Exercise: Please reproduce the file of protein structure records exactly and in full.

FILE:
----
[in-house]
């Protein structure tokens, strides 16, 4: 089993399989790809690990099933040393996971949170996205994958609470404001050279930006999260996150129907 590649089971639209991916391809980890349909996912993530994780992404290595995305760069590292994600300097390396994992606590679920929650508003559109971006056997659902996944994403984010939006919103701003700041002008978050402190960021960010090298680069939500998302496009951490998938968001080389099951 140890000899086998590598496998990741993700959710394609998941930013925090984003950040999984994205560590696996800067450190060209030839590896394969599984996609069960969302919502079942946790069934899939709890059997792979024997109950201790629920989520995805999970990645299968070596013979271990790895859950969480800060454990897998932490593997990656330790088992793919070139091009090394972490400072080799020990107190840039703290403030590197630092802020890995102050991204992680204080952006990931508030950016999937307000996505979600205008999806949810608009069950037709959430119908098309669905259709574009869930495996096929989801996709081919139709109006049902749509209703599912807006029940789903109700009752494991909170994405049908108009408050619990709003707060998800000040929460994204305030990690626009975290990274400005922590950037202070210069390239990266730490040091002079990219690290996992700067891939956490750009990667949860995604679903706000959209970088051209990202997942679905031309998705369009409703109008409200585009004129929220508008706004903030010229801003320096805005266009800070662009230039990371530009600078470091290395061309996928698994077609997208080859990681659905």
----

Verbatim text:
[in-house]
């Protein structure tokens, strides 16, 4: 089993399989790809690990099933040393996971949170996205994958609470404001050279930006999260996150129907 590649089971639209991916391809980890349909996912993530994780992404290595995305760069590292994600300097390396994992606590679920929650508003559109971006056997659902996944994403984010939006919103701003700041002008978050402190960021960010090298680069939500998302496009951490998938968001080389099951 140890000899086998590598496998990741993700959710394609998941930013925090984003950040999984994205560590696996800067450190060209030839590896394969599984996609069960969302919502079942946790069934899939709890059997792979024997109950201790629920989520995805999970990645299968070596013979271990790895859950969480800060454990897998932490593997990656330790088992793919070139091009090394972490400072080799020990107190840039703290403030590197630092802020890995102050991204992680204080952006990931508030950016999937307000996505979600205008999806949810608009069950037709959430119908098309669905259709574009869930495996096929989801996709081919139709109006049902749509209703599912807006029940789903109700009752494991909170994405049908108009408050619990709003707060998800000040929460994204305030990690626009975290990274400005922590950037202070210069390239990266730490040091002079990219690290996992700067891939956490750009990667949860995604679903706000959209970088051209990202997942679905031309998705369009409703109008409200585009004129929220508008706004903030010229801003320096805005266009800070662009230039990371530009600078470091290395061309996928698994077609997208080859990681659905």